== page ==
US 4452993 A
Novel heat-curable acrylic-terminated monomers are provided which exhibit an optically anisotropic melt phase at a temperature which enables it to undergo melt processing in the formation of molded articles, etc. The monomers are capable of being heat-cured at temperatures in excess of the melt processing temperatures to produce a thermoset self-reinforced composite. The monomer may, for example, consist essentially of the reaction product of p-acryloyloxybenzoic acid and a difunctional aromatic moiety in a molar ratio of about 2:1.
1. Heat-curable acrylic-terminated monomers capable of forming an anisotropic melt phase of the formula: ##STR5## wherein Ar is a divalent radical comprising at least one aromatic ring, Ar1 is a divalent radical selected from the group consisting of phenylene, naphthylene, biphenylene and mixtures thereof and R is selected from the group consisting of hydrogen and methyl, with at least some of the hydrogen atoms present upon the aromatic rings in said divalent radicals optionally being replaced by substitution selected from the group consisting of an alkyl group of 1 to 4 carbon atoms, an alkoxy group of 1 to 4 carbon atoms, halogen, phenyl, substituted phenyl and mixtures thereof.
2. A heat-curable monomer of claim 1 wherein Ar is selected from the group consisting of ##STR6##
3. A heat-curable monomer of claim 1 wherein Ar is ##STR7##
4. A heat-curable monomer of claim 1 wherein Ar is ##STR8##
5. A heat-curable monomer of claim 1 wherein Ar is ##STR9##
6. A heat-curable monomer of claim 1 wherein Ar is ##STR10##
7. A heat-curable monomer of claim 1 wherein Ar is ##STR11##
8. A heat-curable monomer of claim 1 wherein Ar is ##STR12##
9. A heat-curable monomer of claim 1 wherein R is hydrogen in each instance.
10. A heat-curable monomer of claim 1 wherein Ar is ##STR13##
The present invention is directed to anisotropic heat-curable monomers.
Multi-functional heat-curable monomers are known which can be employed in the production of thermosetting composites such as, for example, epoxy-based compositions. However, one disadvantage with such known thermosetting compositions is that they tend to shrink to an undesirable degree subsequent to the cross-linking reaction.
It is therefore desirable to provide heat-curable monomers which can be employed in the production of thermosetting resins and which exhibit a reduced tendancy to shrink upon curing.
It would also be desirable to provide heat-curable monomers which exhibit self-reinforcing characteristics as a result of molecular orientation in the cross-linked resin.
It is therefore an object of the present invention to provide novel heat-curable monomers which exhibit reduced tendency to shrink upon curing.
It is also an object of the present invention to provide heat-curable monomers which permit a cross-linked resin to be formed therefrom which exhibits self-reinforcing characteristics due to molecular orientation in the resin.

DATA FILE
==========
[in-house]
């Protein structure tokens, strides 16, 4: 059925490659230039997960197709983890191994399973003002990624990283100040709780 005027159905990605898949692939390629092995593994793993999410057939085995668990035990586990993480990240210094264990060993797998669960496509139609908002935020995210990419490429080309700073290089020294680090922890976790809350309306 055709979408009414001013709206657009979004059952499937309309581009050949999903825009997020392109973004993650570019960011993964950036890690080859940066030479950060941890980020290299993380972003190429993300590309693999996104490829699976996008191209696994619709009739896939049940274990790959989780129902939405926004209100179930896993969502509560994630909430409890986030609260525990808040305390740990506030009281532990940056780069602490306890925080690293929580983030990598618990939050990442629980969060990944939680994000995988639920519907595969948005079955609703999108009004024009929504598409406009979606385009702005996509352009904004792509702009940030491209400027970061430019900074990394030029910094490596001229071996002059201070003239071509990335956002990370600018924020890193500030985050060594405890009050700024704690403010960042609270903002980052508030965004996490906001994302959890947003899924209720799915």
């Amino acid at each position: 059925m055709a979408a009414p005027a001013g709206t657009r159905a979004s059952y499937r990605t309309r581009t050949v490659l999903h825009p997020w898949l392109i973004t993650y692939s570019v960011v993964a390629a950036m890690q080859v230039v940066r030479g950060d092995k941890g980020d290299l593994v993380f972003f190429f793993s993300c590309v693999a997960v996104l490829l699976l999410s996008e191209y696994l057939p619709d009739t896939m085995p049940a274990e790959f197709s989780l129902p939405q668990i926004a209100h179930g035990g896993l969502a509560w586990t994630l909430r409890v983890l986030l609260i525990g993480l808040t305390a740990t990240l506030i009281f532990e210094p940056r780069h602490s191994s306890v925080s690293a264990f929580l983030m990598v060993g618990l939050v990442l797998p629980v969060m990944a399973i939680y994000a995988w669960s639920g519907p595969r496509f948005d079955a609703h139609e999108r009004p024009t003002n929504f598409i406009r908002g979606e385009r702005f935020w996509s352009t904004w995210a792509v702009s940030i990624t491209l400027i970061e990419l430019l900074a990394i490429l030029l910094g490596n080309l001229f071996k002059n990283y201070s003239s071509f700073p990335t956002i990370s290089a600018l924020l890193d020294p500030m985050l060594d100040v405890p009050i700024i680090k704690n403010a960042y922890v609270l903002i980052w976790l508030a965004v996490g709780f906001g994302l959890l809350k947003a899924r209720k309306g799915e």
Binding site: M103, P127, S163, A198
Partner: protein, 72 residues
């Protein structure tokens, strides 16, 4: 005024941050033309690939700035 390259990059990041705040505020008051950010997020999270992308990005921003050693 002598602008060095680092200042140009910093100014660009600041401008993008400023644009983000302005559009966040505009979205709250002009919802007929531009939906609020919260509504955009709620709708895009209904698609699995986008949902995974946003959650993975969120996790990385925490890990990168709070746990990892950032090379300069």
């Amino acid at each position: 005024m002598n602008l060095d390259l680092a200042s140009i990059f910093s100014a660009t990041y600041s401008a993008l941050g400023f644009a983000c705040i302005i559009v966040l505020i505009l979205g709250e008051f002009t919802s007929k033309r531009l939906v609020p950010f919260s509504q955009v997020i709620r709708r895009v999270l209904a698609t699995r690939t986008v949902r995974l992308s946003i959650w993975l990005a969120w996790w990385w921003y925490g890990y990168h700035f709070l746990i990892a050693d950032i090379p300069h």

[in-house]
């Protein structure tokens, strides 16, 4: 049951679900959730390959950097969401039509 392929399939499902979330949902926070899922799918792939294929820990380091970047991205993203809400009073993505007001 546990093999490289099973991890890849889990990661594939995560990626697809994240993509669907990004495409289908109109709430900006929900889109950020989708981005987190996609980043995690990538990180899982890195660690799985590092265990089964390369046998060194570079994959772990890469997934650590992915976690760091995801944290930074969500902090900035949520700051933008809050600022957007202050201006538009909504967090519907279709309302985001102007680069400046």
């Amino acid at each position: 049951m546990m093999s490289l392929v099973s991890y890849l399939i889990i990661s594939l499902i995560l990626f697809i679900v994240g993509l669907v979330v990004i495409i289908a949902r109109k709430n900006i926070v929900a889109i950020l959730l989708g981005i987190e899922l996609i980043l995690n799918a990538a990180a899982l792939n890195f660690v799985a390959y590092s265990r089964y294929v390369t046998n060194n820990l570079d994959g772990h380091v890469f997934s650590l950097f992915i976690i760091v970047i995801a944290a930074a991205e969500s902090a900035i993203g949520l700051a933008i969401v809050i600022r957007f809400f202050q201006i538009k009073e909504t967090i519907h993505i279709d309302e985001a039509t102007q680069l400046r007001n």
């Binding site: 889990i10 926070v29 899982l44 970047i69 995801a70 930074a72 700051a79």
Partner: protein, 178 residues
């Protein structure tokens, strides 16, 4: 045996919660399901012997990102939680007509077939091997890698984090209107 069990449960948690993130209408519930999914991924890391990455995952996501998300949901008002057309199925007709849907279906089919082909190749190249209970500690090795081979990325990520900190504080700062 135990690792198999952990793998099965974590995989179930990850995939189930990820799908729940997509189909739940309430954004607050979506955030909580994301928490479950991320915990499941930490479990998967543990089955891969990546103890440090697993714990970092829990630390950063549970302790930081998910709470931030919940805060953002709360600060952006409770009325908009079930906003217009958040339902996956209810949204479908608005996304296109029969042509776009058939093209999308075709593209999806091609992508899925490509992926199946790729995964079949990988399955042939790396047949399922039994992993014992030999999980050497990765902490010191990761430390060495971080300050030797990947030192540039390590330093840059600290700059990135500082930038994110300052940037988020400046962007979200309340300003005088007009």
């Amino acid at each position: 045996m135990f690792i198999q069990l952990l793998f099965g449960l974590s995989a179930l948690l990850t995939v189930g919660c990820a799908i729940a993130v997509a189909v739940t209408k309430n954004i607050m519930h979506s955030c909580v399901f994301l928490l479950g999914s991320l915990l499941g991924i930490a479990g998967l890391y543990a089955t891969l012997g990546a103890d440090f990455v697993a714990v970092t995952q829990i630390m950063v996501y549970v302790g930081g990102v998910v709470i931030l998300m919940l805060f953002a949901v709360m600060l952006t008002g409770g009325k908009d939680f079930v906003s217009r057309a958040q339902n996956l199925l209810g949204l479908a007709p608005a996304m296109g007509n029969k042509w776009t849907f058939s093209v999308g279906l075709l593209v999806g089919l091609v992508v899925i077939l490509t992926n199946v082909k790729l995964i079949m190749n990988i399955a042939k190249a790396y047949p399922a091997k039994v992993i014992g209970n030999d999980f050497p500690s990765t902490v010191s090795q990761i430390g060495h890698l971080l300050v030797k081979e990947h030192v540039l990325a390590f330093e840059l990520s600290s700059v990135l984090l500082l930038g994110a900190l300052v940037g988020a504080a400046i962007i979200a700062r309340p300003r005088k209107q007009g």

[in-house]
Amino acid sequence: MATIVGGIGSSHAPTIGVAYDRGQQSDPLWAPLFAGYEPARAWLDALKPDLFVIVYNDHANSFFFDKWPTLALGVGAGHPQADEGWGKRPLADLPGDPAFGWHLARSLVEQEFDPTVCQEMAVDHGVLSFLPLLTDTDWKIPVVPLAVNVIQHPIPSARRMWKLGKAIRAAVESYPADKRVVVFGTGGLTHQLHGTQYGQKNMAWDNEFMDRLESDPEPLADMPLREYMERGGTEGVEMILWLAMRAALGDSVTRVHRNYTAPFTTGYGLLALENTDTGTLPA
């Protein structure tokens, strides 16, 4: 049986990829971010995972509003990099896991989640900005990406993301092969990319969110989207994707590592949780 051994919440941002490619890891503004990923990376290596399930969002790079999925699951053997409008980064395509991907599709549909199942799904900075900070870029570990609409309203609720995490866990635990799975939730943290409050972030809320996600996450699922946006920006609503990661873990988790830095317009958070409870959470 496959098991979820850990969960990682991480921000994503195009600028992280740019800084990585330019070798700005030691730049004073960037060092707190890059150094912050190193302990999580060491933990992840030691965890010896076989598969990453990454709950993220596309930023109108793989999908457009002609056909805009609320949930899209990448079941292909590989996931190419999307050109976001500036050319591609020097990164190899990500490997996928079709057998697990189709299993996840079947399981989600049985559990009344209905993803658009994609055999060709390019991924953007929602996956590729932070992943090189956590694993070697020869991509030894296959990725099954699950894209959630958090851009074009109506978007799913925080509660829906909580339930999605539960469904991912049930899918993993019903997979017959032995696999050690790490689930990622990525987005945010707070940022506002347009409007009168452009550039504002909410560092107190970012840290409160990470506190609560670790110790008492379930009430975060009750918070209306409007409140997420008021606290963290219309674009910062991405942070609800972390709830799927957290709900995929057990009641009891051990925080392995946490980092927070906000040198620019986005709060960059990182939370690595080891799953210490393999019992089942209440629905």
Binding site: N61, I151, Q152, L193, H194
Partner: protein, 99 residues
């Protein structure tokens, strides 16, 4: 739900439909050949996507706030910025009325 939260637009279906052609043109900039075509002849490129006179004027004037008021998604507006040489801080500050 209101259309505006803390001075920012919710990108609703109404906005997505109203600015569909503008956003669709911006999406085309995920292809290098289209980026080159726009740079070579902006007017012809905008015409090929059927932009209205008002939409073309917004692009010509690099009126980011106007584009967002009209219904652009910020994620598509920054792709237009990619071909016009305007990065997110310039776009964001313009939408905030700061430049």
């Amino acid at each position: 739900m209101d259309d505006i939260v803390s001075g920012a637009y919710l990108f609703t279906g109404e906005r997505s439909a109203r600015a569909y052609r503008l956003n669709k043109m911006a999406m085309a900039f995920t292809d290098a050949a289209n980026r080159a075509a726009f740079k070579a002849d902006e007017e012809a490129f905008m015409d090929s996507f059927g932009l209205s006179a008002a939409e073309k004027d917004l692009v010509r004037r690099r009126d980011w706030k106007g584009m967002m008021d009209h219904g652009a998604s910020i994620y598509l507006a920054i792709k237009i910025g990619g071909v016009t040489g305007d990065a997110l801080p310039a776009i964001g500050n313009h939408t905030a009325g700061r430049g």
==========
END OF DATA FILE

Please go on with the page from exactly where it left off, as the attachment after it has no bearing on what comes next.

In accordance with the present invention, there are thus provided novel heat-curable acrylic-terminated monomers capable of forming an anisotropic melt phase of the formula: ##STR1## wherein Ar is a dilavent radical comprising at least one aromatic ring, Ar1 is a divalent radical selected from the group consisting of phenylene, naphthylene, biphenylene and mixtures thereof and R is selected from the group consisting of hydrogen and methyl.
In accordance with another aspect of the present invention, there are thus provided cross-linked polyester resins comprised of the above-described monomers.
It has been surprisingly and unexpectedly discovered that the heat-curable monomers of the present invention can be employed with significant advantage in the production of thermosetting polyester resins. Such resins would be expected to exhibit reduced shrinkage subsequent to being cured due to the fact that such monomers are capable of forming an anisotropic melt phase upon being heated to the melting temperature of the monomer.
Unlike monomers commonly encountered in the prior art, the monomers of the present invention are capable of forming an anisotropic melt phase whereby an atypical degree of order is manifest in the molten monomer. The monomer readily forms liquid crystals in the melt phase and accordingly exhibits a high tendency for the monomer chains to orient in the shear direction, with such anisotropic properties being exhibited at temperatures which are amenable for melt processing to form shaped articles. Such order in the melt may be confirmed by conventional polarized light techniques whereby crossed polarizers are utilized. The anisotropic melt phase may be confirmed by the use of a Leitz polarizing microscope at a magnification of 40 X with the sample on a Leitz hot stage and under nitrogen atmosphere. The monomer melt is optically anisotropic, i.e., it transmits light when examined between crossed polarizers. The amount of light transmitted increases when the sample is optically antisotropic even in the static state. The monomers of the present invention can be denoted by the formula: ##STR2## wherein Ar is a divalent radical comprising at least one aromatic ring, Ar1 is a divalent radical selected from the group consisting of phenylene, naphthylene, biphenylene and mixtures thereof and R is selected from the group consisting of hydrogen and methyl.